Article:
Forecast came true

Crude oil headed for a u-shaped recovery
12 february 2015

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Crude oil has fallen 60% since the middle of 2014.

Crude oil’s relentless downward spiral may soon be over, but its glory days appear to be in the past.

“In our view, the recent spike in prices and increase in volatility offer further evidence that oil markets are approaching a trough,” John Normand, head of foreign exchange, commodities and international rates research at J.P. Morgan, said in a report.

“Call it a u-shaped profile, in lowercase, since prices would remain near their lowest level in a decade and substantially below the $100 average of the past five years.”

Brent futures are projected to fall to a low of $38 in March and then climb to $58 in the fourth quarter, he said. Brent for April delivery LCOJ5, +2.56% fell 1.9% to $56.37 on Wednesday.

The blame for the bearish oil market can be laid squarely on a supply glut. But progressively anemic demand in major economies, notably China, Russia and Brazil, is further aggravating the situation.

NYMEX, CFTC, J.P., Morgan Commodities Research

All markets have cycles and crude oil is no exception. But this collapse in oil prices, according to Normand, is different from other crashes.

“The magnitude and volatility of price declines since last summer have been extraordinary and associated historically with recessions or even greater supply surges.”

For instance, the 60% drop in crude prices since the middle of 2014 to January has not benefited the global economy in the way expected with growth forecasts lower. And the absence of inflation, and in some cases fears about deflation, has prompted central banks to take a more accommodative stance.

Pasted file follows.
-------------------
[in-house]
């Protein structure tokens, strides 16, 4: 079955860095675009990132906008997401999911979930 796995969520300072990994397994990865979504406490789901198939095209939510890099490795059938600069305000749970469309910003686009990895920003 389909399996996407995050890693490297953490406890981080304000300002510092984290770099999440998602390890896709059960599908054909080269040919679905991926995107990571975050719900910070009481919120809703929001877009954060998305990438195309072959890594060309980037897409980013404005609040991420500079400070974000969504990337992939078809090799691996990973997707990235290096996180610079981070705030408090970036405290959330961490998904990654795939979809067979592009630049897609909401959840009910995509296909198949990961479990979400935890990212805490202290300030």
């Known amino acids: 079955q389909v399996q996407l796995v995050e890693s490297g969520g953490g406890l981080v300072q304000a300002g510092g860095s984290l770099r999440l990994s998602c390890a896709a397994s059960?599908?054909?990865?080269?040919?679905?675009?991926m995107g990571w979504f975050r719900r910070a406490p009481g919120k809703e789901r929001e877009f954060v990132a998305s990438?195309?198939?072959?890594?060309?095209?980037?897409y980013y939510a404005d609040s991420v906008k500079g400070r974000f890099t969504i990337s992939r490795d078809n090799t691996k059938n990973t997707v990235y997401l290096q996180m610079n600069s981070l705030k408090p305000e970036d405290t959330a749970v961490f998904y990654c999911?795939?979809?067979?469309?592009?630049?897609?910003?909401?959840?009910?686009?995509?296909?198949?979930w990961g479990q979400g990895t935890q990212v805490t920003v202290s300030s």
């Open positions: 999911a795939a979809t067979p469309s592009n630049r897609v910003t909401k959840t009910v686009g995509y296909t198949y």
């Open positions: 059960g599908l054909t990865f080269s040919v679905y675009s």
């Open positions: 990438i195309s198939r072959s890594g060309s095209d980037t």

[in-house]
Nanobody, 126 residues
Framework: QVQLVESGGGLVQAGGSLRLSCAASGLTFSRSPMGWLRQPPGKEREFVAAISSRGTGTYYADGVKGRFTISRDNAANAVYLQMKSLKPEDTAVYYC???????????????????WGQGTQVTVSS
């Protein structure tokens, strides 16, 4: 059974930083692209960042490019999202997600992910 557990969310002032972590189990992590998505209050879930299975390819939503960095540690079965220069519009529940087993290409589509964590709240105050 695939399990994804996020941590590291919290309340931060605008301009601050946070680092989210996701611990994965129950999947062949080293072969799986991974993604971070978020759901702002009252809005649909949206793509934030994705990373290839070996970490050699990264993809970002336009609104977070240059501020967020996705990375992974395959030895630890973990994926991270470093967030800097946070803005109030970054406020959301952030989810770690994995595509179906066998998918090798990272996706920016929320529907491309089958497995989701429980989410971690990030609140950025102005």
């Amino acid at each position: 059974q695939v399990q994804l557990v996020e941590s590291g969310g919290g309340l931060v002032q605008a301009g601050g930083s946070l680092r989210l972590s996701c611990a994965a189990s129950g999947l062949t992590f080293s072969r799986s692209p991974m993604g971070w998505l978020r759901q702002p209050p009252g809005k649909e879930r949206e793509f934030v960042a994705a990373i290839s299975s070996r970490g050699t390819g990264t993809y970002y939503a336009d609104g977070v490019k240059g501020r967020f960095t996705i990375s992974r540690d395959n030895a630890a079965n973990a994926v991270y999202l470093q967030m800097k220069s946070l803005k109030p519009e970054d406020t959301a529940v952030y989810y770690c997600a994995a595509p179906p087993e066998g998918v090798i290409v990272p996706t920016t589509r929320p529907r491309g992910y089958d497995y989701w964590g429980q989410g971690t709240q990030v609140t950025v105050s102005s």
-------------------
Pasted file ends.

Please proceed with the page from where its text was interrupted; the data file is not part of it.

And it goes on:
“When history is written on this oil price crash, it will not fit easily alongside any other of the past 45 years if judged by its context or financial market repercussions,” Normand said.

The fall in oil prices, in theory, is a boon for risky assets. But given that this crash is a deviant and central banks are gearing up to battle deflation, Normand recommends investors focus on “safe” yields such as U.S. Treasurys and U.K. bonds versus euro and emerging market debt.

There is room for equities in this investment portfolio, he said. But the emphasis should be on global cyclical play such as consumer discretionary stocks.

Sue Chang 

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Crude oil headed for a u-shaped recovery

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Forecast came true

“In our view, the recent spike in prices and increase in volatility offer further evidence that oil markets are approaching a trough,” John Normand, head of foreign exchange, commodities and international rates research at J.P. Morgan, said in a report. “Call it a u-shaped profile, in lowercase, since prices would remain near their lowest level in a decade and substantially below the $100 average of the past five years.”